25 June-Bank of Ireland

Bank of Ireland is the oldest bank in continuous operation in Ireland. It has been in operation for over 230 years. The Bank, which provides a wide range of services in Ireland and the United Kingdom, employs over 11,000 people. It has its headquarters in Dublin.

Prior to the establishment of Bank of Ireland there was, what has been described as a ‘free for all’ currency system in Ireland. Anybody could set up a bank and issue coins, both silver and copper, and banknotes without restriction. French Spanish, Portuguese and English coins circulated freely in Ireland.

A banking breakdown occurred in 1734 which led to a coinage being proclaimed for Ireland which had a fixed exchange rate. Parities were fixed for English and all other foreign coins in circulation at the time. However the standard currency did not put an end to the crises. Due to exchange fluctuations and other factors, there was a big crash in 1760 followed by another crisis 1770.

Finally in 1782 Bank of Ireland was established under an act of Grattan’s Parliament. The new bank was given a monopoly on the issue of currency among recognised banks in Ireland. These notes continued to be issued up until the 1920’s. Bank of Ireland continues to issue its own banknotes in Northern Ireland to this day.

The Bank of Ireland opened for business at Mary’s Abbey off Capel Street in Dublin in 1783. Eighteen years after the bank was established the Irish Parliament ceased to exist when the Act of Union came into force. The parliament building at 2 College Green was bought by the Bank of Ireland in 1803. The building which for a time was the headquarters of the bank continues as a working branch of the bank to this day. The chamber of the House of Commons was converted for bank use but the House of Lords chamber was kept intact and can be viewed by the public.

Down through the centuries the bank expanded its branch network throughout the country. In 1965 Bank of Ireland acquired the National Bank which had been founded by Daniel O’Connell in 1835. Today, despite a recent major crisis Bank of Ireland continues to play a central role in the banking industry in Ireland.

Bank of Ireland, the oldest bank in continuous in Ireland, opened for business at Mary’s Abbey off Capel Street in Dublin in the year 1783 On This Day.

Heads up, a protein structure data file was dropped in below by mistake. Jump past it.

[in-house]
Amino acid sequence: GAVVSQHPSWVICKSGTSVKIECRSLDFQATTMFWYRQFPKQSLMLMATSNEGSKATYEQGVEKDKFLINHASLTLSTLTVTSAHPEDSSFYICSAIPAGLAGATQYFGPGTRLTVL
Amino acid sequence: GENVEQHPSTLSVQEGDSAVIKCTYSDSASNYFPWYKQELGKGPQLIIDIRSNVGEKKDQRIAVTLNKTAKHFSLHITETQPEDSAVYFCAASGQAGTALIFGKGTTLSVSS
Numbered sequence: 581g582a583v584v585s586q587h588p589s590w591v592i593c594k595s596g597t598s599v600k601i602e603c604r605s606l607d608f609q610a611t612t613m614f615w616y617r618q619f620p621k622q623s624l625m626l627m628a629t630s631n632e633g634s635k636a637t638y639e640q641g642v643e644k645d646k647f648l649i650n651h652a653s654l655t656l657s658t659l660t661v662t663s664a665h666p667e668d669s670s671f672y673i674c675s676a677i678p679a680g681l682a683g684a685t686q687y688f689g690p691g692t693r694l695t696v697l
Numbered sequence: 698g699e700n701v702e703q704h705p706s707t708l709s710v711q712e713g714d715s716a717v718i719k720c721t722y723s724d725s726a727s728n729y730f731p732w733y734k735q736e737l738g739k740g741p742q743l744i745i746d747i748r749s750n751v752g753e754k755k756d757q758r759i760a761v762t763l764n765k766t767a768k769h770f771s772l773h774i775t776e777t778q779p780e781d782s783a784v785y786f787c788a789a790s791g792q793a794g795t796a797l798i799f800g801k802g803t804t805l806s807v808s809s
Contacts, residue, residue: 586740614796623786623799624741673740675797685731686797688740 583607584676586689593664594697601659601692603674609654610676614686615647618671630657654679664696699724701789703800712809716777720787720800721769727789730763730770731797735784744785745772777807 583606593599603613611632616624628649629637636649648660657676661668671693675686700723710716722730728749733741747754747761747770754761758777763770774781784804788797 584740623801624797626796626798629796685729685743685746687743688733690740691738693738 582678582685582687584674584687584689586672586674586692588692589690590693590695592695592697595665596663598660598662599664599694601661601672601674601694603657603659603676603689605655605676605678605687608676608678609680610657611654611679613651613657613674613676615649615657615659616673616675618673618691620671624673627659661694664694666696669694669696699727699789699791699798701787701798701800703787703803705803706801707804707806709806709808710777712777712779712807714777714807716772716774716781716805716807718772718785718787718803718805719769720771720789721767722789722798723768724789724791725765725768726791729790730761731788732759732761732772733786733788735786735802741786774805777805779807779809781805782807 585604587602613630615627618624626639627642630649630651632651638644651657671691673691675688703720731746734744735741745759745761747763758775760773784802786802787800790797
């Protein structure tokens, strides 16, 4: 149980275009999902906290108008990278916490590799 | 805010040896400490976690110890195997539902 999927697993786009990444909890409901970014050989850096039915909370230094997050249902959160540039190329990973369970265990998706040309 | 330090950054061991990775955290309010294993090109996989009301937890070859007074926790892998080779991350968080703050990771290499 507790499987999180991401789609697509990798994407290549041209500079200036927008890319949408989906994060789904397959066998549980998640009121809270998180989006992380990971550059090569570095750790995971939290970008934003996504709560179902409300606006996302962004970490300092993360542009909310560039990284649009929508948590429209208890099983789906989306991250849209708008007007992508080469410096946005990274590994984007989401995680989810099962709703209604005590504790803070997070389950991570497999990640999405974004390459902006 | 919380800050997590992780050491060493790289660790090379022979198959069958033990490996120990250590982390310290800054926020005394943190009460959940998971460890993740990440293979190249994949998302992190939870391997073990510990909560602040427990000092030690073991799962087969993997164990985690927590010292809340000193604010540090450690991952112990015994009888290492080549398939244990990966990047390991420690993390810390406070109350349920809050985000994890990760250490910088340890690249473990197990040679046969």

Bank of Ireland (House of Commons)

Five pound note, Bank of Ireland

01 October-Carlow College

Carlow College is located in Carlow town, Ireland. Known locally as St Patrick’s College, it is one of Ireland’s oldest third level educational institutions. Set on parkland close to the town centre the college attracts students from all over Ireland studying Humanities and Social Care. The College has partnerships with universities in the United States including Carlow University in Pittsburgh, Pennsylvania.

Carlow College was founded in 1782 by the then Bishop of Kildare and Leighlin Dr James O’ Keeffe. It was built on a 4 acre site, which had been leased for 999 years from Mr Walter Fishbourne. Both lay students and those studying for the priesthood were educated there up until 1892. From 1840 to 1879 primary degree awards in Carlow College were accredited by the University of London. During those years students studying at Carlow College were awarded B.A. and LL.B degrees from the London University.

In 1879 when the University Education (Ireland) Act was passed Carlow College came under the Catholic University of Ireland. As a consequence Carlow College became affiliated to the newly established Royal University of Ireland, an examining and degree-awarding university based on the model of the University of London. From 1892 until 1987 the College operated principally as a seminary and it is estimated that over 3,000 priests were ordained in Carlow.

During the 1990’s Carlow College ceased to operate as a seminary. It is now a lay college catering for a student population of over 700. The College offers primary and post graduate degrees in the areas of Humanities and Social Studies.

The first President of Carlow College was Rev. Dr. Henry Staunton. Often referred to as Dean Staunton he was a Native of Paulstown Co Kilkenny. He served as President until 1814. In all there have been twenty Presidents since the foundation of the college. The current President, Fr. Conn Ó Maoldhomhnaigh from Co Tipperary, was appointed in 2015.

Carlow College accepted its first student for enrolment in the year 1793 On This Day.

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Carlow College

Carlow College